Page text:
Long-term strategy needed to address problems


Former Defence Secretary Lt-Gen (retd) Talat Masood said on Wednesday that it was not advisable for Pakistan to take action against the militants at the behest of the United States, but it was important for it to evolve a long-term strategy to address its own problems, including terrorism.
“There is a future for Pakistan beyond the Haqqani Network,” said Masood, during a roundtable organised by the Institute of Regional Studies (IRS) Islamabad.
Masood emphasised that it was imperative for Pakistan to reduce its over-obsession with India and improve law and order situation and governance problems not on the insistence of any foreign power but for its own sake. Masood advised the US policymakers to refrain from publicly blaming Pakistan for the problems they were facing in Afghanistan.
He underlined the great sacrifices made by Pakistan in the war on terror. “Our sacrifices are going waste because our narrative is not getting along. The world thinks that we are not suffering because of others but because of ourselves,” said Masood. He also warned the Pakistani decision makers that Pakistani people would suffer if the relations between the two countries deteriorated.
Jonathan Pratt, the political counselor at the US embassy in Islamabad, enumerated the US foreign policy priorities for Pakistan as counter-terrorism, regional stability and security, democracy, economic development and integration, and energy security among others. He added that both the US and Pakistan had convergence on these policy priorities, but that the divergence was on the timeline of implementation and relative priority of any of these issues and how to go about addressing them.
Independent Defense Analyst, Dr Ayesha Siddiqa, argued that Pakistan’s policy towards religious radicalism was based on denial. She added that Pakistan did not have a roadmap for eradication of terrorism in the country or its spillover into other countries. Asif Ezdi termed the problem of terrorism in Pakistan an outcome of the struggle between the haves and have-nots and said that Pakistan needed to take care of corruption and bad governance to reverse the tide of Talibanisation.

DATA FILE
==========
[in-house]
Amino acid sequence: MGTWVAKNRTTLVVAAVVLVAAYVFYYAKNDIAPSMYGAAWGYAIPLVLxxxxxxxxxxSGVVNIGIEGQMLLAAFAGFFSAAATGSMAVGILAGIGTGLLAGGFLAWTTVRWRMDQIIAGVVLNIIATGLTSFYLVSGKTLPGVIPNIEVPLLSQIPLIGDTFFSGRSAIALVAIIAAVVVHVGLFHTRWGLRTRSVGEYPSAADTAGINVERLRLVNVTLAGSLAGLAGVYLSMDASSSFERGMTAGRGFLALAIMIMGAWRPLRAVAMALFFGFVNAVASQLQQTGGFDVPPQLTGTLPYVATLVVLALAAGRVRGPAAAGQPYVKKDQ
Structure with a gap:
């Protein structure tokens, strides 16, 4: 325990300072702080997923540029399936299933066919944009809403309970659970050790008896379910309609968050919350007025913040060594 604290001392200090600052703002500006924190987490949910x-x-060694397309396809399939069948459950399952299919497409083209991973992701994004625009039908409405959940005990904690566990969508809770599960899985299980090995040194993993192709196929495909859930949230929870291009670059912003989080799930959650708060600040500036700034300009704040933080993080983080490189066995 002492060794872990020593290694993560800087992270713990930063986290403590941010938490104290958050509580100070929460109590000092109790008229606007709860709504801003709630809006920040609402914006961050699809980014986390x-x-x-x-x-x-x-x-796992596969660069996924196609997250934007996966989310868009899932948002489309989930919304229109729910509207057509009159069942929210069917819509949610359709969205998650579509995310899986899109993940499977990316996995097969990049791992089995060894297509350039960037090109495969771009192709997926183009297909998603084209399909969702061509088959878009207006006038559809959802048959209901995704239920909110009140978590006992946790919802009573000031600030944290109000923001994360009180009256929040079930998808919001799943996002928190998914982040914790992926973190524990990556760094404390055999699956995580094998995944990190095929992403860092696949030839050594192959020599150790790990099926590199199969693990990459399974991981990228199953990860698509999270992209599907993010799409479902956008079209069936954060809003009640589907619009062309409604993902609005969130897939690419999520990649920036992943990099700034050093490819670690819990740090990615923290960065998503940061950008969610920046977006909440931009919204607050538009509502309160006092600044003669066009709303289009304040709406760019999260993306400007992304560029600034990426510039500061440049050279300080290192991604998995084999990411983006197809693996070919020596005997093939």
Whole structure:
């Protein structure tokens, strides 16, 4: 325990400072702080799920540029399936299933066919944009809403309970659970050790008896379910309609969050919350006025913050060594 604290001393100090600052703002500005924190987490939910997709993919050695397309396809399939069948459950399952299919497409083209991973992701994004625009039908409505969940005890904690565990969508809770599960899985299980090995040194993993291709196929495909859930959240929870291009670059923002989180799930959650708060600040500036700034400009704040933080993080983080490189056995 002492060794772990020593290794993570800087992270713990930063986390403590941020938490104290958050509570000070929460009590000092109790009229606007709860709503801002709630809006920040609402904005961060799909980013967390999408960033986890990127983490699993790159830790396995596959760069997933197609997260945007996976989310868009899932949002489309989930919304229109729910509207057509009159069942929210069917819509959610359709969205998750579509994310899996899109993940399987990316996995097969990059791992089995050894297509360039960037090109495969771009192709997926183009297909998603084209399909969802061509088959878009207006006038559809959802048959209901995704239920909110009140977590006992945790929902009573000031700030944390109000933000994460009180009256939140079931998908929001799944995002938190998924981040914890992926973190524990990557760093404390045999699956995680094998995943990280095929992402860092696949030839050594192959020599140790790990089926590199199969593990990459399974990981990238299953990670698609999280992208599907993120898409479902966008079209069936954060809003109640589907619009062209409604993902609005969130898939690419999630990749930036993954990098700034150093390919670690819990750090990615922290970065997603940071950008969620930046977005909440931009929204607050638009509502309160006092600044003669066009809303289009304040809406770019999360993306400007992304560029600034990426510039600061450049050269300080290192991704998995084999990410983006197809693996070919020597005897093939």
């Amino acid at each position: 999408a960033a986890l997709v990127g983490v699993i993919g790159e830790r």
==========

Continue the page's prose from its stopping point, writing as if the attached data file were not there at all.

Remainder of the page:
Dr Tahir Amin, professor, Department of International Relations, Quaid-i-Azam University, criticised Pakistan’s foreign policy approach toward the US as based on short-term tactical objectives. He called for a renegotiation of the terms of engagement between Pakistan and the US on give-and-take basis on Pakistan’s long-term strategic objectives such as resolution of the Kashmir dispute, normalisation of relations with India on the basis of sovereign equality and assistance with Pakistan’s water problems. Dr Amin added that Pakistan was not out of cards in redefining its terms of engagement with the US, but it was not using them properly.
Dr Shaheen Akhtar, a research fellow at the Institute of Regional Studies, urged the decision makers of Pakistan as well as other regional countries to capitalise on the vast economic potential of the region by constructively engaging with each other to promote reconciliation, especially between India and Pakistan and within Afghanistan.